TEMPO/NaClO/NaBr and sodium periodate were combined in a one-shot reaction to oxidise cellulose from bleached pulp. Oxidation of cellulose forms two fractions: a highly-carboxylated water-insoluble (up to 1.9 mmol COO−/g, DS = 0.39) and a water-soluble fraction (up to 4 mmol COO−/g, DS = 1.1). Results show that these regioselective oxidants work in synergy to produce fully-oxidised 2,3,6-tricarboxycellulose. Increasing the periodate concentration results in fibrillation and extensive depolymerisation of the pulp cellulose as more residual aldehyde groups participate in the depolymerisation process. X-ray diffraction (XRD) reveals that the addition of periodate increases cellulose crystallinity, retains crystal size but slightly alters the XRD pattern. The degree of substitution (DS), which governs the solubility of carboxylated cellulose, can be controlled by varying the periodate concentration. Combining TEMPO/NaBr/NaClO with sodium periodate simultaneously in a one-shot reaction produces low-cost cellulose with controlled level of carboxylation and unique properties.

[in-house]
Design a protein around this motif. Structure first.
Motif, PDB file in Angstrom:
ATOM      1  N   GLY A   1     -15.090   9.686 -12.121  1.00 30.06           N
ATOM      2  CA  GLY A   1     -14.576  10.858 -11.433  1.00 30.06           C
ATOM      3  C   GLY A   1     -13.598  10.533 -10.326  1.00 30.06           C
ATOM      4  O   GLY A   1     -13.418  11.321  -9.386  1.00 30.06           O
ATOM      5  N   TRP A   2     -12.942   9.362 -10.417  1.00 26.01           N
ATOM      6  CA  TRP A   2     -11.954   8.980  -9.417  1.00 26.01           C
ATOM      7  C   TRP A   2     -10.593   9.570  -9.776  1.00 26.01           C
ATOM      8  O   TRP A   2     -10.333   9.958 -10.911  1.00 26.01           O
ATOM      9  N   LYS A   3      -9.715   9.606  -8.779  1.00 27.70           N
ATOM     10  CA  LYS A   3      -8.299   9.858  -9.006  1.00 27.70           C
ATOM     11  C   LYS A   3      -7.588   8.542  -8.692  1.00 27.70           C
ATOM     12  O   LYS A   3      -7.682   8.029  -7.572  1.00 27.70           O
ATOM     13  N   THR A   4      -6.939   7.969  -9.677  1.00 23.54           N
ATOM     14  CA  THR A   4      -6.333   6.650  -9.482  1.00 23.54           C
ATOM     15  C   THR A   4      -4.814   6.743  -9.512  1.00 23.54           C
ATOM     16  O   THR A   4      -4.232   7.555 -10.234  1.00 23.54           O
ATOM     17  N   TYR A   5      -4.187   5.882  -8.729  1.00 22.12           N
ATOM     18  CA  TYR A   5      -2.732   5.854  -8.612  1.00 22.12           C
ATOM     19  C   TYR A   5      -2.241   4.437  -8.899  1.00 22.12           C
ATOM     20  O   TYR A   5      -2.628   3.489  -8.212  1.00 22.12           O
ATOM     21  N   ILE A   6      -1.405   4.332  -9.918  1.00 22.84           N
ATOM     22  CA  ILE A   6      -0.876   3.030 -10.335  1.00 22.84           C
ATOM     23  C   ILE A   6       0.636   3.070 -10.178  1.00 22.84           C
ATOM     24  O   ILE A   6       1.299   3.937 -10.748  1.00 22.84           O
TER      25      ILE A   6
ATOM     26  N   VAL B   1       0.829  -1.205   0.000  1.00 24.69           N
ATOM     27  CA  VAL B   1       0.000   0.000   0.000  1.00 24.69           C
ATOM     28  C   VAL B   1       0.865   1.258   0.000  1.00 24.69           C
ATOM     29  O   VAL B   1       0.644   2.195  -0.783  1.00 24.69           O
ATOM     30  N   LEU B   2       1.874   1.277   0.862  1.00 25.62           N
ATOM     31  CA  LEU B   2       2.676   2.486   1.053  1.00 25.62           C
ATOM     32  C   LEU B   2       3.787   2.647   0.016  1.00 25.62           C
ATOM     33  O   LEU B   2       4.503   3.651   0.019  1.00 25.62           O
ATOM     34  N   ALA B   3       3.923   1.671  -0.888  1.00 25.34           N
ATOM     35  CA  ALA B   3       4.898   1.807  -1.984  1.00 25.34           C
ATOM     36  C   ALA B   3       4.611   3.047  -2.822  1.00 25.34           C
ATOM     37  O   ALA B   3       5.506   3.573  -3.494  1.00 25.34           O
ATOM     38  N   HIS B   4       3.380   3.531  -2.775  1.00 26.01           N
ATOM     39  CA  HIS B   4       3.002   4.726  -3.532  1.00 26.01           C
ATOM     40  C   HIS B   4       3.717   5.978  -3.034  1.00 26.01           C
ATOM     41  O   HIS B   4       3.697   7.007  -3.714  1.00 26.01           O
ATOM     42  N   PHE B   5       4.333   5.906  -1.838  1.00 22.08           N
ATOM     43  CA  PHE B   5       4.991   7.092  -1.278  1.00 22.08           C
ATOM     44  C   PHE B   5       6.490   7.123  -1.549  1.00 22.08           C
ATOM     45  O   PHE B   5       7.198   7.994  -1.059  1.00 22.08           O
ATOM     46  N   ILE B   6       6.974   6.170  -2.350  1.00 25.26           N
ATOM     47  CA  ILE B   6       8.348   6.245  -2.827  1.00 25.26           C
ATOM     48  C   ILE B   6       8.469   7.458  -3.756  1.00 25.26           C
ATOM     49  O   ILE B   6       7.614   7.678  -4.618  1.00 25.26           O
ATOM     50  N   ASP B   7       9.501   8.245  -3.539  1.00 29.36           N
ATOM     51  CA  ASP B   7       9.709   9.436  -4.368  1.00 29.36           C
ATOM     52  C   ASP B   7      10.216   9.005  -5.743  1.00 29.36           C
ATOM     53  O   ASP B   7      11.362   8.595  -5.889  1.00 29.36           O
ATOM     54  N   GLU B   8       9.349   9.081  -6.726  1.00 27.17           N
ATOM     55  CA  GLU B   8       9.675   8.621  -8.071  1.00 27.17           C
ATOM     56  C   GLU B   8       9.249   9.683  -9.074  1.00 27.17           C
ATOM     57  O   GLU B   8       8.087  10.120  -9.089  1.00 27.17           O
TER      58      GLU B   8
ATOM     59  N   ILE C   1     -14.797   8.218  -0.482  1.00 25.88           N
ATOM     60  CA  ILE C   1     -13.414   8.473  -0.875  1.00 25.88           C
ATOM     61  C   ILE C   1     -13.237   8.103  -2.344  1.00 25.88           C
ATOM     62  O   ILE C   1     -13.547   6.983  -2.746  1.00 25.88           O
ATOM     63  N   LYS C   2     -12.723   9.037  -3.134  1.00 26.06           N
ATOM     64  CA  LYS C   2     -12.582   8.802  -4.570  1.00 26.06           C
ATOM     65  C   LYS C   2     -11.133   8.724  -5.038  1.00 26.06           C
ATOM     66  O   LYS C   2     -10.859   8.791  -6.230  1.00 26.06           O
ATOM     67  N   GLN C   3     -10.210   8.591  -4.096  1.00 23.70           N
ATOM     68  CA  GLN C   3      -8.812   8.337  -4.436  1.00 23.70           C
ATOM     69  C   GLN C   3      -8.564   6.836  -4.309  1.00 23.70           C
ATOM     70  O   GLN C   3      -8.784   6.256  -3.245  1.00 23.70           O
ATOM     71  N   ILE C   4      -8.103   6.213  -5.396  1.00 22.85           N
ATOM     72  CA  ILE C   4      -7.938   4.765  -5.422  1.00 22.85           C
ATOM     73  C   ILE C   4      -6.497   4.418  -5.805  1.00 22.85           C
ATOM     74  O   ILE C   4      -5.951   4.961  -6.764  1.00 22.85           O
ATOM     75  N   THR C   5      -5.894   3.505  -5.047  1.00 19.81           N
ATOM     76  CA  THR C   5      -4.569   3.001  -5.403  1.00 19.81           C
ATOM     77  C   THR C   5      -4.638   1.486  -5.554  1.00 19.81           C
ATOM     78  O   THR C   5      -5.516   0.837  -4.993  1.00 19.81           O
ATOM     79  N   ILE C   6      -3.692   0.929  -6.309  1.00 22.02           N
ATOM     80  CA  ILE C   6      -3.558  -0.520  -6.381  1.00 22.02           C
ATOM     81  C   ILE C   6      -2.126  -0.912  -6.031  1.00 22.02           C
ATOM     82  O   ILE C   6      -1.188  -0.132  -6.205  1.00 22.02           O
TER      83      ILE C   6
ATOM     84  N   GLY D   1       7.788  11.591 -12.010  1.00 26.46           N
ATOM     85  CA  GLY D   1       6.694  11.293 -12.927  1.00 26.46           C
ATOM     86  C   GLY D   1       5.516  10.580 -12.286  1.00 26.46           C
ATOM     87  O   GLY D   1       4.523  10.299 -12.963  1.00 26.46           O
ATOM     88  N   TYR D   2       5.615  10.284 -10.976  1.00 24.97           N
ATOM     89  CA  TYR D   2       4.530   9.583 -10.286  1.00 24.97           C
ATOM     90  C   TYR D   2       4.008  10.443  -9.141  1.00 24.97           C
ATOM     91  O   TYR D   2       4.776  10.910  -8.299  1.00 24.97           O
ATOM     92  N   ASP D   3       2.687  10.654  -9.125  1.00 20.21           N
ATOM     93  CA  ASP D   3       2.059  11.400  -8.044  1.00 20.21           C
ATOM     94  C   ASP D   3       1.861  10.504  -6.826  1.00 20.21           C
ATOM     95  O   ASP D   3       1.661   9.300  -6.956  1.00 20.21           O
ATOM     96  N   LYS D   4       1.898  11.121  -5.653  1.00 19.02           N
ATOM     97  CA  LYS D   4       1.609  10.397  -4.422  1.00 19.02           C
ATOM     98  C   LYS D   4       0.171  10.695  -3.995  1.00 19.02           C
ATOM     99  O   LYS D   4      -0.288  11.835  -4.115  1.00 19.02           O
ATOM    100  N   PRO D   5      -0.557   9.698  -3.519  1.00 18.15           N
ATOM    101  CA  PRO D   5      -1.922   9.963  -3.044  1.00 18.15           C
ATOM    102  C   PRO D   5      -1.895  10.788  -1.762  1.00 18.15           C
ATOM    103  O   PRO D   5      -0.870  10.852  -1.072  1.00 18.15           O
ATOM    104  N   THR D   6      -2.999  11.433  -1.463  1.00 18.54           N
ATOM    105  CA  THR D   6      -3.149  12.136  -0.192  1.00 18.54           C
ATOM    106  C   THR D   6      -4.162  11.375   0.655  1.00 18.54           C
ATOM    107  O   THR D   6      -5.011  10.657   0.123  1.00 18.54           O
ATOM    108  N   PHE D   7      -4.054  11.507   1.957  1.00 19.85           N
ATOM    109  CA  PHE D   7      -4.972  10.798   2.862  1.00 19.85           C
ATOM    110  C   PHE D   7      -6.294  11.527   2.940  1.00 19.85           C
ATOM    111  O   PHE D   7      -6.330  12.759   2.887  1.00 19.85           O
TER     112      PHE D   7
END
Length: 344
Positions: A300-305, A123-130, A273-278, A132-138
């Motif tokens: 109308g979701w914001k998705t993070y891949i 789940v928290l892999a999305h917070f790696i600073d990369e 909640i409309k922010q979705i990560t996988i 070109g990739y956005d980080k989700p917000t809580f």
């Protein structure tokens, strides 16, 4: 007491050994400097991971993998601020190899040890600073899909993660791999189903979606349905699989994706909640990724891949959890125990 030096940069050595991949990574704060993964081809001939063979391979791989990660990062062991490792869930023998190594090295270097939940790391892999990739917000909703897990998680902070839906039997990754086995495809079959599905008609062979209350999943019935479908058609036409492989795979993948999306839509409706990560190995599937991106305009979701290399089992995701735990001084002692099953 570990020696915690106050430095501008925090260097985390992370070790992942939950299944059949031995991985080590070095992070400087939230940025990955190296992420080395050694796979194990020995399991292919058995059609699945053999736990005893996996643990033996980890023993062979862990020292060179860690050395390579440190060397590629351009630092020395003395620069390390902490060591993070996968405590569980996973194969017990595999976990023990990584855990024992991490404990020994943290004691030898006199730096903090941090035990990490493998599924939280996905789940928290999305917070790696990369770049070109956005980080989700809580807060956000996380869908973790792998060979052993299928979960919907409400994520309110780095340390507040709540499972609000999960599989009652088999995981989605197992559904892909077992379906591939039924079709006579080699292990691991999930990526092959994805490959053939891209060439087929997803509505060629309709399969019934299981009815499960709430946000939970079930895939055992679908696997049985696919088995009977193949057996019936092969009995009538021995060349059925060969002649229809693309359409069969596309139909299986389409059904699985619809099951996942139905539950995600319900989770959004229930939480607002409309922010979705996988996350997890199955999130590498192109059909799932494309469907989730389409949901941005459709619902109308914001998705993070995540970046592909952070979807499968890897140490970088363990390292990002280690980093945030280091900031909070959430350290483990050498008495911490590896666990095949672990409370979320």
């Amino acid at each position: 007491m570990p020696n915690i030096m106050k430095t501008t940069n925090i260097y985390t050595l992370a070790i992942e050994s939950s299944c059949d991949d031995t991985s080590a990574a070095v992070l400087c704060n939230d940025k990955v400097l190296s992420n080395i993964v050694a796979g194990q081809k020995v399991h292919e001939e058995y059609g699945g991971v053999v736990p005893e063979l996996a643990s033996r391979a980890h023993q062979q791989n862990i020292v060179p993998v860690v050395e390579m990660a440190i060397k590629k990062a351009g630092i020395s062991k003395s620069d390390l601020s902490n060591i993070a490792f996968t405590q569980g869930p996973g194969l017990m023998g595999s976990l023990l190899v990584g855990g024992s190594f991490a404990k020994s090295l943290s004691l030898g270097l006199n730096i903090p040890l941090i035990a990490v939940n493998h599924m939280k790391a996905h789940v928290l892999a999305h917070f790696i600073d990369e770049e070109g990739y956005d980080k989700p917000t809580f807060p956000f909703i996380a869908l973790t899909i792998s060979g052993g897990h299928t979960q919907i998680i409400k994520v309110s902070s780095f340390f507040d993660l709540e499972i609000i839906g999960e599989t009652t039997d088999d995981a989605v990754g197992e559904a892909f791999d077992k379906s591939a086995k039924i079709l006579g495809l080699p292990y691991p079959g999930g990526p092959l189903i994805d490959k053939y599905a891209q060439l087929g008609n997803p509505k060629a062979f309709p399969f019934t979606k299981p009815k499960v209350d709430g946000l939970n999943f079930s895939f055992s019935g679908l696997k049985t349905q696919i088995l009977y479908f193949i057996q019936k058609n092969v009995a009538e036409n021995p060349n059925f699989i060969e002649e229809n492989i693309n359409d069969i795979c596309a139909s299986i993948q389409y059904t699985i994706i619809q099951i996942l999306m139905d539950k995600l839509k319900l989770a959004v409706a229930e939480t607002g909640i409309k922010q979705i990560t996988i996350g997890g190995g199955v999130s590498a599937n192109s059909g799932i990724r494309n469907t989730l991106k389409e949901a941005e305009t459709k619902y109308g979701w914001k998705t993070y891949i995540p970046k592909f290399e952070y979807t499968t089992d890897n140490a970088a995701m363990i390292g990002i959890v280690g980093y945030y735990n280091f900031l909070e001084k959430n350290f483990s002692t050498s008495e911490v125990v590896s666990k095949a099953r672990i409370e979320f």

- Carboxylated cellulose
- Degree of polymerisation (DP)
- Degree of substitution (DS)
Peter Miller (Manager)Office of the Vice-Provost (Research and Research Infrastructure)
James Griffith (Manager)Office of the Vice-Provost (Research and Research Infrastructure)